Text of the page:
Meeting Sophie: A Memoir of Adoption

Overview

The baby is screaming again. My baby. I hoist her off the narrow hotel bed—again—and try to cradle her as I rock my torso back and forth in an uncomfortable straight-backed chair.

This baby does not cradle. She doesn't know how to cuddle, to be soothed in anyone's arms. She howls and arches away, squirms and flops, a sixteen-pound fish out of water. I'm not used to holding babies, and she's not used to be being held, but when I try to put her down, she wails. My arms feel ...

See more details below
Other sellers (Paperback)
  • All (17) from $1.99   
  • New (2) from $14.85   
  • Used (15) from $1.99   
Sending request ...

Overview

The baby is screaming again. My baby. I hoist her off the narrow hotel bed—again—and try to cradle her as I rock my torso back and forth in an uncomfortable straight-backed chair.

This baby does not cradle. She doesn't know how to cuddle, to be soothed in anyone's arms. She howls and arches away, squirms and flops, a sixteen-pound fish out of water. I'm not used to holding babies, and she's not used to be being held, but when I try to put her down, she wails. My arms feel chafed, raw, and my wrists ache from the hours of straining to hang on to her.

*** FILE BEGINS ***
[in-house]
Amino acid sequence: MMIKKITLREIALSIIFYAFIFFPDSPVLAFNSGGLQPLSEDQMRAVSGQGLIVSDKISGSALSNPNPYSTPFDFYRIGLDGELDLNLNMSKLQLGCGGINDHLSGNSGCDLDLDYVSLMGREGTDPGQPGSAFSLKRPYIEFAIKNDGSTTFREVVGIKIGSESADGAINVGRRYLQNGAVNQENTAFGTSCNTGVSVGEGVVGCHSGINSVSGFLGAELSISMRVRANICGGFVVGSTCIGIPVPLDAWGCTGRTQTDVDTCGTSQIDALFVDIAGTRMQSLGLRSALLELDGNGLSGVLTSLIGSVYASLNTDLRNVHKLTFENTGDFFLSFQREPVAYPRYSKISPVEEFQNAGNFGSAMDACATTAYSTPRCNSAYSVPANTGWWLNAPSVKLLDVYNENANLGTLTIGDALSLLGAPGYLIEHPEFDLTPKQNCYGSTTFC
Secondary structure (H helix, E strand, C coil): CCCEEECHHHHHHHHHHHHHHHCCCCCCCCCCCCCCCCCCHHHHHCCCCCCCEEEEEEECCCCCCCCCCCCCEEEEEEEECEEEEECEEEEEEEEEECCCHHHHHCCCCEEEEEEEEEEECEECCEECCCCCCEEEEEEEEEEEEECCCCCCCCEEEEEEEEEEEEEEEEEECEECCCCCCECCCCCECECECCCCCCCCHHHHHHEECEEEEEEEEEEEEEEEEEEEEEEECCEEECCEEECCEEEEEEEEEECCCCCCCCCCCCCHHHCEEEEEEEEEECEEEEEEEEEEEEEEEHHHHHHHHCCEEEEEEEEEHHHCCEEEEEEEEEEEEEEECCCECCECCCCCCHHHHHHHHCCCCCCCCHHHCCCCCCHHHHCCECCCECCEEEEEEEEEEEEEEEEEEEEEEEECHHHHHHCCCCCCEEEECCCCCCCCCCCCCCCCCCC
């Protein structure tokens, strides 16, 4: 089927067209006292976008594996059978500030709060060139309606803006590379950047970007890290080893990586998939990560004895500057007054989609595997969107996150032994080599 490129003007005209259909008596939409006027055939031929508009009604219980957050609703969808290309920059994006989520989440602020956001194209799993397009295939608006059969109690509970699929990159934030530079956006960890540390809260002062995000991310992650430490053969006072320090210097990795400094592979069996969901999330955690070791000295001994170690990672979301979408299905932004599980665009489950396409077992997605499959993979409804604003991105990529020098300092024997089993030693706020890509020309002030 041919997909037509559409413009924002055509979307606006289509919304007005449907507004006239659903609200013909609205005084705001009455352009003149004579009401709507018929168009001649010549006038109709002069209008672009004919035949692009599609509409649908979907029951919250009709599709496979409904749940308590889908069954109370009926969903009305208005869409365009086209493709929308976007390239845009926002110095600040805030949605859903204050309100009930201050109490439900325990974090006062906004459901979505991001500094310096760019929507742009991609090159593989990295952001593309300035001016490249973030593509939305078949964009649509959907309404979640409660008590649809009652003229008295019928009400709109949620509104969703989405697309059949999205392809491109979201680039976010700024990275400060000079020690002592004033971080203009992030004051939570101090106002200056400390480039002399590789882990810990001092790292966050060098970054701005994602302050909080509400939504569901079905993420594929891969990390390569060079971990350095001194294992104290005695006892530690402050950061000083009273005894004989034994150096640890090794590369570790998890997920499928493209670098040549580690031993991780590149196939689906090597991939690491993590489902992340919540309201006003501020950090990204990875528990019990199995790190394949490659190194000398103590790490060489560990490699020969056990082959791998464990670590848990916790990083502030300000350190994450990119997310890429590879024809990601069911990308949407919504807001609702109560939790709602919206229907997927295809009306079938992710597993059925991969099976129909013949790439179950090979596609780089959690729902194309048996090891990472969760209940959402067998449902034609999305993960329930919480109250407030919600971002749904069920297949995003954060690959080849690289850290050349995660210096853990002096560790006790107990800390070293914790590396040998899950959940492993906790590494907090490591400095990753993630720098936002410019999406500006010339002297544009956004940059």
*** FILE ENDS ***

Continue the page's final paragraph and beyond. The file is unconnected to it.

Huge tears pool in her eyes. These tears could break my heart. These screams could break my eardrums.

          After years as a temporary college instructor with no real home—her family and longtime friends scattered—Nancy McCabe yearned to settle down, establish a place she could call home, and rear a child there. A tough academic job market led her to accept a position at a church-connected college in the deep South, a move that felt like an uneasy return to the conservative environment of her childhood that she thought she had left behind. McCabe had many reservations about rearing a child alone in this climate, but the desire to become a mother would not go away.
 
            Meeting Sophie tells the story of McCabe adopting a Chinese daughter and the many obstacles she faced during the adoption and adjustment process as she renegotiated her role within her family and fought difficulties in her job. Especially poignant is her struggle to bond with a sick, grieving baby while in a foreign country during political unrest—followed, upon her return to the U.S., by a devastating loss and a career crisis.

Read More Show Less

Editorial Reviews

Publishers Weekly